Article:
Well, there you have it, a glimpse into Jack’s preschool mornings. The other three days of the school week are much the same, without the three hours of freedom, and consisting of more winkadoo questions and general Jack-induced chaos. I realize I only have two kids. I realize I am not up against chaos at mass proportions. I realize that others may have itwayharder than I do. But, being that this is my blog, it’s my prerogative to vent. And, trust that if I have any inclination to expand my family exponentially thereby inflaming my already chaotic situation, you and TLC will be the first to know.

Happy Monday!


Please tell me you haven’t forgotten about me…

Just a little visual reminder why I drink Rum...

Okay. So, I’ve been a little missing-in-action lately. I have no real solid excuse other than the fact that I’ve had laundry up the wazoo, a voluntarily working-from-home husband who still refuses to occasionally drive his computer-savvy arse to the office thereby refusing to afford me fleeting moments of freedom from staring at the back of his head all day, a 7 year-old who has decided that she’s not really “in” to having a clean bedroom and an almost 4 year-old son who has adopted “But, mom, I wanna be a good boy” as his catchall phrase.

In other words, I’ve been a little busy. And if I’ve learned anything over the last 7 years as a mother I have learned that when I’m feeling a bit overwhelmed I need to let some things go. If even for a bit.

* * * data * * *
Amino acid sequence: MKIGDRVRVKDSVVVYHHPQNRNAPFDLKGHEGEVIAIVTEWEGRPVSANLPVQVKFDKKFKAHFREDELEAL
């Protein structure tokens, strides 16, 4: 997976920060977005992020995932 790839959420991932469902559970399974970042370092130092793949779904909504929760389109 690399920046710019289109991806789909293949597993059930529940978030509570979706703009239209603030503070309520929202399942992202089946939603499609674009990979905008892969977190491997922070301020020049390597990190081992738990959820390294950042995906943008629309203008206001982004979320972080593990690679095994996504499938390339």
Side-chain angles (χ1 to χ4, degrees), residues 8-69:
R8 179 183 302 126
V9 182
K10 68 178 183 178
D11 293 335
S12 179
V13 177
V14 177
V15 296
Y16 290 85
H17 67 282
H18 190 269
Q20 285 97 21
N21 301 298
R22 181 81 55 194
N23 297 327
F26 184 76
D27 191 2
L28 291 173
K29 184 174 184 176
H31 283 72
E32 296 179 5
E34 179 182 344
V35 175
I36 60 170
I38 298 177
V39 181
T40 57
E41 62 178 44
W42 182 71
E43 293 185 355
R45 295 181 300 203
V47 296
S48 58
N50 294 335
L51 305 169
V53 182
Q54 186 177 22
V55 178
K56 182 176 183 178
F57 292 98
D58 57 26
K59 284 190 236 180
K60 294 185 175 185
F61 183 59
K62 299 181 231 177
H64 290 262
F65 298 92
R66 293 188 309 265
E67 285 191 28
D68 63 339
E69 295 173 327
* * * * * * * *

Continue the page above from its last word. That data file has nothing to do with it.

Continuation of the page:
I’ve certainly let things go in the past when feeling the pressure o’ life creeping up my back. Unfortunately, those “things” have typically been comprised of diet plans and workout routines. But this time, in my forever quest for a healthier me, I have been sticking to nightly dates with my walking shoes and back episodes of Gilmore Girls, and have had to let The Suburban Life slide on to my drastically under-utilized back burner.

But, I’m back now and hoping to keep up with posting my random musings with a little more frequency. I definitely notice an increase in unpleasant domestic relations with every decrease in blog posts (and I’m pretty sure my hubby Jer would agree.) Blog writing has become a very therapeutic outlet for me and my wayward thoughts and without that outlet I tend to leak a bit of sarcasm at unnecessary moments. I’m working on it. No one likes a spontaneous leaker. Or any leaker for that matter. Moving on.

It being Friday, I would like to wish everyone a fantastic weekend. We have what could possibly be the very last of our bright and sunny days coming up and it might just motivate me to do something outdoorsy. Like hiking. Or yardwork.

Oh. Who am I kidding?

Happy Friday!